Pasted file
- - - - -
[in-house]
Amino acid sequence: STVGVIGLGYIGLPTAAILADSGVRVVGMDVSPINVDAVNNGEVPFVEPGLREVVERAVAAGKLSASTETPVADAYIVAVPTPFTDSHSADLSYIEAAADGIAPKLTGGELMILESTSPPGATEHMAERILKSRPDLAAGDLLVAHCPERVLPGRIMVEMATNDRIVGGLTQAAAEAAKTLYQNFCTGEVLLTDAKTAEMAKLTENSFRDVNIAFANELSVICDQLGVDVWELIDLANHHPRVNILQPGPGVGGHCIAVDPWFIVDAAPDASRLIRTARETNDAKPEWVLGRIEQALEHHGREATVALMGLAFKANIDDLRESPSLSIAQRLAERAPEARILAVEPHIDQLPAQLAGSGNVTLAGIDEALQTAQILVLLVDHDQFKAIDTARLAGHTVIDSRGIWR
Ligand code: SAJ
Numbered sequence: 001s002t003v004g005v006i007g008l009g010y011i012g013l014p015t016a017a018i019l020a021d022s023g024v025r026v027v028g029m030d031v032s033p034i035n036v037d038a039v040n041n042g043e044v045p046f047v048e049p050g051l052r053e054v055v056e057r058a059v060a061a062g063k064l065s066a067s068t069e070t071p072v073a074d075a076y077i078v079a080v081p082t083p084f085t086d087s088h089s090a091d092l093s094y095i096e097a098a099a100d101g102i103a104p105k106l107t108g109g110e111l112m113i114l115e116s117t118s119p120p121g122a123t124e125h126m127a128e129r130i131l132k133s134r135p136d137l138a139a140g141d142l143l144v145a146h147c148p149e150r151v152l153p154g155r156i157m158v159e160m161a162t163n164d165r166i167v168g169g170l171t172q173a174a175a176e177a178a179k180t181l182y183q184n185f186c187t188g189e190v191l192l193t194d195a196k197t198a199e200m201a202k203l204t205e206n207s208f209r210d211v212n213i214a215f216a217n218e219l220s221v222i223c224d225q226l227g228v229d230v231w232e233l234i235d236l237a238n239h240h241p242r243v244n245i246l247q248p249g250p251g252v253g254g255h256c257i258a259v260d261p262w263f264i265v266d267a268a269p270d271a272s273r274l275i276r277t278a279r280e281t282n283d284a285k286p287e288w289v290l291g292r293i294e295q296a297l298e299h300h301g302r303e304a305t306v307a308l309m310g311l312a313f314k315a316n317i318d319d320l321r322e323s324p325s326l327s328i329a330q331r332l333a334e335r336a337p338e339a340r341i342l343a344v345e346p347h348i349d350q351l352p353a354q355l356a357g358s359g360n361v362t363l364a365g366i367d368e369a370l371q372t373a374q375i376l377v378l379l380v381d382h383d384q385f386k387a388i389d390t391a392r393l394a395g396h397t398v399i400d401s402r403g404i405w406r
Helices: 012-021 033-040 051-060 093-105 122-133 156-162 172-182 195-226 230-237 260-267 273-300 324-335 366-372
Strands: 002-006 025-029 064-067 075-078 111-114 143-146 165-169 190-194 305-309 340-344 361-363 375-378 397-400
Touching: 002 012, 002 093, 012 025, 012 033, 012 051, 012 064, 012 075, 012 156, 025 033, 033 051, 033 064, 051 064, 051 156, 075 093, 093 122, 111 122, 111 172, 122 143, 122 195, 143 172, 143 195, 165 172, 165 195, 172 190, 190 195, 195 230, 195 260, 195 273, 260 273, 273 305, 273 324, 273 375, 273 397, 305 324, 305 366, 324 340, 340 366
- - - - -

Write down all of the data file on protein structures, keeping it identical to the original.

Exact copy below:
[in-house]
Amino acid sequence: STVGVIGLGYIGLPTAAILADSGVRVVGMDVSPINVDAVNNGEVPFVEPGLREVVERAVAAGKLSASTETPVADAYIVAVPTPFTDSHSADLSYIEAAADGIAPKLTGGELMILESTSPPGATEHMAERILKSRPDLAAGDLLVAHCPERVLPGRIMVEMATNDRIVGGLTQAAAEAAKTLYQNFCTGEVLLTDAKTAEMAKLTENSFRDVNIAFANELSVICDQLGVDVWELIDLANHHPRVNILQPGPGVGGHCIAVDPWFIVDAAPDASRLIRTARETNDAKPEWVLGRIEQALEHHGREATVALMGLAFKANIDDLRESPSLSIAQRLAERAPEARILAVEPHIDQLPAQLAGSGNVTLAGIDEALQTAQILVLLVDHDQFKAIDTARLAGHTVIDSRGIWR
Ligand code: SAJ
Numbered sequence: 001s002t003v004g005v006i007g008l009g010y011i012g013l014p015t016a017a018i019l020a021d022s023g024v025r026v027v028g029m030d031v032s033p034i035n036v037d038a039v040n041n042g043e044v045p046f047v048e049p050g051l052r053e054v055v056e057r058a059v060a061a062g063k064l065s066a067s068t069e070t071p072v073a074d075a076y077i078v079a080v081p082t083p084f085t086d087s088h089s090a091d092l093s094y095i096e097a098a099a100d101g102i103a104p105k106l107t108g109g110e111l112m113i114l115e116s117t118s119p120p121g122a123t124e125h126m127a128e129r130i131l132k133s134r135p136d137l138a139a140g141d142l143l144v145a146h147c148p149e150r151v152l153p154g155r156i157m158v159e160m161a162t163n164d165r166i167v168g169g170l171t172q173a174a175a176e177a178a179k180t181l182y183q184n185f186c187t188g189e190v191l192l193t194d195a196k197t198a199e200m201a202k203l204t205e206n207s208f209r210d211v212n213i214a215f216a217n218e219l220s221v222i223c224d225q226l227g228v229d230v231w232e233l234i235d236l237a238n239h240h241p242r243v244n245i246l247q248p249g250p251g252v253g254g255h256c257i258a259v260d261p262w263f264i265v266d267a268a269p270d271a272s273r274l275i276r277t278a279r280e281t282n283d284a285k286p287e288w289v290l291g292r293i294e295q296a297l298e299h300h301g302r303e304a305t306v307a308l309m310g311l312a313f314k315a316n317i318d319d320l321r322e323s324p325s326l327s328i329a330q331r332l333a334e335r336a337p338e339a340r341i342l343a344v345e346p347h348i349d350q351l352p353a354q355l356a357g358s359g360n361v362t363l364a365g366i367d368e369a370l371q372t373a374q375i376l377v378l379l380v381d382h383d384q385f386k387a388i389d390t391a392r393l394a395g396h397t398v399i400d401s402r403g404i405w406r
Helices: 012-021 033-040 051-060 093-105 122-133 156-162 172-182 195-226 230-237 260-267 273-300 324-335 366-372
Strands: 002-006 025-029 064-067 075-078 111-114 143-146 165-169 190-194 305-309 340-344 361-363 375-378 397-400
Touching: 002 012, 002 093, 012 025, 012 033, 012 051, 012 064, 012 075, 012 156, 025 033, 033 051, 033 064, 051 064, 051 156, 075 093, 093 122, 111 122, 111 172, 122 143, 122 195, 143 172, 143 195, 165 172, 165 195, 172 190, 190 195, 195 230, 195 260, 195 273, 260 273, 273 305, 273 324, 273 375, 273 397, 305 324, 305 366, 324 340, 340 366